"I didn’t mean to hurt your feelings."

"You didn’t, son. Somewhere in the job description for moms is that we have to let go sometimes. And sometimes we cry." She sighed a long, deep sigh. "Well. That’s done." She was trying to sound cheerful and it was coming across as just a tiny bit forced. "Let me talk to your dad a bit. OK? I love you, Joe."

"I love you too, mom." And I hung up the phone. As I tiptoed toward my dad’s bedroom where he was still on the line with Mom, I grabbed a tissue. I stood at the door to his room and listened. He didn’t shoo me away, but he didn’t motion me in, either.

He listened for a while and whispered some words I couldn’t understand. "You’re really brave, Laurie. Yes, he made this decision all by himself. I agree, I think it will be best for him."

Then he listened some more and injected a lot of "Uh-huh’s" and "Yeses."

Finally, he said, "We’ll come down the third week of August to pick up the rest of his things. Anything that we can’t pack in the car, we’ll ship back up here UPS. No, no that’s very nice of you, but I’m sure I’ll more comfortable in a hotel. I’ll make reservations as soon as we get off the phone." He looked up, saw me standing there, and smiled at me. He patted a spot next to where he was sitting on the bed.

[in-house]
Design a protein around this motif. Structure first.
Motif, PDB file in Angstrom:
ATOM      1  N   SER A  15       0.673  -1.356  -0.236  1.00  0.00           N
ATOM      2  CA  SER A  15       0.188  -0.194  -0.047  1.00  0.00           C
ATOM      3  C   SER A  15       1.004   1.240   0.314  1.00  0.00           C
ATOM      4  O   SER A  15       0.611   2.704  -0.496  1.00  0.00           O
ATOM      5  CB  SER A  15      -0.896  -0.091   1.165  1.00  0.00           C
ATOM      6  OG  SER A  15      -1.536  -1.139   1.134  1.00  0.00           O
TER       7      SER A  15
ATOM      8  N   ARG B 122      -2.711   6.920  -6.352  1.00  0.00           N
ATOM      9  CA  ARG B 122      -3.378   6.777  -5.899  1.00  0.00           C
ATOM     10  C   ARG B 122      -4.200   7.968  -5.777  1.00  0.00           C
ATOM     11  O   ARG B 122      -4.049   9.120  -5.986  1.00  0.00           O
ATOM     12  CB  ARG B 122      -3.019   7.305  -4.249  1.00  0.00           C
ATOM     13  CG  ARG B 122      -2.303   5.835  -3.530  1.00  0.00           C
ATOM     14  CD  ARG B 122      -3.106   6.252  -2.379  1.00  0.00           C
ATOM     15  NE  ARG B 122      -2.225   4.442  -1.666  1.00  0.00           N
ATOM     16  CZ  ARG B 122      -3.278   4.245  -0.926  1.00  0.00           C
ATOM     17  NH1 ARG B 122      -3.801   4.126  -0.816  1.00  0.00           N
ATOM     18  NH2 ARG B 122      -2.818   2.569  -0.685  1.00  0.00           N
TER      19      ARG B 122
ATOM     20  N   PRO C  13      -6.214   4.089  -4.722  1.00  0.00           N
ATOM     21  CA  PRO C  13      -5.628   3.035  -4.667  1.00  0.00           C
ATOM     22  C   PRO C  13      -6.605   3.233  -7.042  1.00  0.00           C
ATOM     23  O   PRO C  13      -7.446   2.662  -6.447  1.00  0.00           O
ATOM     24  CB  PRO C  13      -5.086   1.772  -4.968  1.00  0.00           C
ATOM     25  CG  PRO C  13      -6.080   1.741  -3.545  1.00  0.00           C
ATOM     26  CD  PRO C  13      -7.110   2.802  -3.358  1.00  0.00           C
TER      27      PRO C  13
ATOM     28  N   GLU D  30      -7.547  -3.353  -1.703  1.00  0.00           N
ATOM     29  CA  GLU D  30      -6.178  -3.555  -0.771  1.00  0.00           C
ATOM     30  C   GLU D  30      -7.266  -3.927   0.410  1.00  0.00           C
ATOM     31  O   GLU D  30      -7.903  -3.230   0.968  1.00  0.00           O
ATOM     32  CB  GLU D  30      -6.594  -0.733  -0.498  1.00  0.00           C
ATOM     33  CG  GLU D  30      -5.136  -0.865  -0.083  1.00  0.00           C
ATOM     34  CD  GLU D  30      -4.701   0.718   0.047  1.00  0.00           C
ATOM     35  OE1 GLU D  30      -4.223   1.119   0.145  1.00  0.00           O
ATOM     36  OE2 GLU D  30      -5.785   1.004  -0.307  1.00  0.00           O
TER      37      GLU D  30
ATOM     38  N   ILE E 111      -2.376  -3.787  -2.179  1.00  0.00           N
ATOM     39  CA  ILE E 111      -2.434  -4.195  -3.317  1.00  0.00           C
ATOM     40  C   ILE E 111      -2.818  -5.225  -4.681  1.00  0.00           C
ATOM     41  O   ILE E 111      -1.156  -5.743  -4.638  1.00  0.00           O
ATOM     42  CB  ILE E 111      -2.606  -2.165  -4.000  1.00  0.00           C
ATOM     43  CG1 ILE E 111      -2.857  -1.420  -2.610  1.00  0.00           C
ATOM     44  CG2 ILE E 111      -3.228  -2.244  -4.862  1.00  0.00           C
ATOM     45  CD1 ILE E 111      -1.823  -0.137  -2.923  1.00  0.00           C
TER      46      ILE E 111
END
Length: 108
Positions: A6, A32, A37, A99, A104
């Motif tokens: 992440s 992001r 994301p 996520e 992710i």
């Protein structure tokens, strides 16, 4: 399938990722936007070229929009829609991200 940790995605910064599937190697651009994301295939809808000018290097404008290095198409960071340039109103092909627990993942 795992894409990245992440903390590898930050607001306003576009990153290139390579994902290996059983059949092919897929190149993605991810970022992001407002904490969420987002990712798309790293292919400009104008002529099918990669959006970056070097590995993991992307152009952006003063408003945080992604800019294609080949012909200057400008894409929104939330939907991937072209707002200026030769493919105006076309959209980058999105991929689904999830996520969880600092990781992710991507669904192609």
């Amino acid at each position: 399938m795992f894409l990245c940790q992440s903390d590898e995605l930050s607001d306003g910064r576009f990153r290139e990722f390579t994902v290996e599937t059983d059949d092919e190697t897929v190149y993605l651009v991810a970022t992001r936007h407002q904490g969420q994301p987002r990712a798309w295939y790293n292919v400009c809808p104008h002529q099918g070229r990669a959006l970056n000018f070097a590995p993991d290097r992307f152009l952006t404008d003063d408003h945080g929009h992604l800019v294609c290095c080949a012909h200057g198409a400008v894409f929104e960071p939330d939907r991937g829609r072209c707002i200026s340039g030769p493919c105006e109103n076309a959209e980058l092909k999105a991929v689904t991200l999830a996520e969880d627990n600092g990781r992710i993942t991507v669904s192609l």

When I sat next to him, he put an arm around my shoulders. "Well, we could leave that decision up to Joe. If Cindy’s already moved into his room, he probably won’t be interested in sleeping there, even if it’s only for a night. Why don’t we leave the decision about whether he’ll stay there or in the hotel up to him? He’s getting pretty good at making decisions." He looked at me and smiled.

"Thanks, Laurie. You handled it well. OK, sleep well. Goodnight."

And in less than twenty minutes, it was over.

When we were done with the call, Dad hugged me, started to hum Catch A Falling Star and pretended to put stars in my pocket.

"Welcome to Williams Bay." Then he corrected himself. "Welcome home."

Thanks for reading, hope you enjoyed it. As always, your comments and suggestions are welcome. I read and respond to all email (even if it takes a few days) Just click on one of the links below. And don't forget to check out my website (Chapters are always posted there earlier than here) and my other story here on Nifty, Paternal Insticts/Family Instincts/Thicker Than Water in both College and Relationships sections.